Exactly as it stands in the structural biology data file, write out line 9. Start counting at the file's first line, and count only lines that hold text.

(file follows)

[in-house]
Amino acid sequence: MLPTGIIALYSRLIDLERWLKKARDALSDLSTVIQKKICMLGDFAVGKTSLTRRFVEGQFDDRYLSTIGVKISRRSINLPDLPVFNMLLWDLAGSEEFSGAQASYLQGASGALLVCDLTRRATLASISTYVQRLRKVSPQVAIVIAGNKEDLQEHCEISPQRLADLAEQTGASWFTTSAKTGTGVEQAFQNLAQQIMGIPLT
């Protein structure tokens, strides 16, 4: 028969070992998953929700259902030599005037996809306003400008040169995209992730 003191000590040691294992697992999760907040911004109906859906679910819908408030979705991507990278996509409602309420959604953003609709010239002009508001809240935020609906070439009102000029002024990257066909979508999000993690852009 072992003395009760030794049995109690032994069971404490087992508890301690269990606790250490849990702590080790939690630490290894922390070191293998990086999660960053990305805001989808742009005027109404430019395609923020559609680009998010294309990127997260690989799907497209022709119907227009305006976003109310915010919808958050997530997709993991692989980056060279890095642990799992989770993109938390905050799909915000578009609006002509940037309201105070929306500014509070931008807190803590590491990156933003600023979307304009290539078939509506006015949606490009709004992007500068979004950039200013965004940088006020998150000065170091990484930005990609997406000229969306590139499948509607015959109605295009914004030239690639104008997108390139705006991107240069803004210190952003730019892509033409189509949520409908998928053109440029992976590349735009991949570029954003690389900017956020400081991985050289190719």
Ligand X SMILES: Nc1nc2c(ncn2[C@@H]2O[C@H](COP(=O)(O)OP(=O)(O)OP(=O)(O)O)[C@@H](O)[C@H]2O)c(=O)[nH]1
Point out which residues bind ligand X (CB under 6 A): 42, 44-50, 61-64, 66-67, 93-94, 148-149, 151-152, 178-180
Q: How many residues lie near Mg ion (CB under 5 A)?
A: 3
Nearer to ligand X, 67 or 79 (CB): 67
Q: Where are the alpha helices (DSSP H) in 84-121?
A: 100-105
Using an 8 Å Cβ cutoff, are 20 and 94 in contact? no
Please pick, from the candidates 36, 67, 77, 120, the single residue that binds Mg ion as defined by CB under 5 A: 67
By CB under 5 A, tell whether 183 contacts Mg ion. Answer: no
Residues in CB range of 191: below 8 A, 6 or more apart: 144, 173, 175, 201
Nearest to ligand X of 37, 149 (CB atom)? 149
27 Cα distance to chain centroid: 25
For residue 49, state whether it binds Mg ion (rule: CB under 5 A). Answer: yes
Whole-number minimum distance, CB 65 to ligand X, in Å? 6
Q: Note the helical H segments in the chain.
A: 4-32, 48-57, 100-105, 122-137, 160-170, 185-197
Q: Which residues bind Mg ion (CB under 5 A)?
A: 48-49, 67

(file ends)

Q: Where are the alpha helices (DSSP H) in 84-121?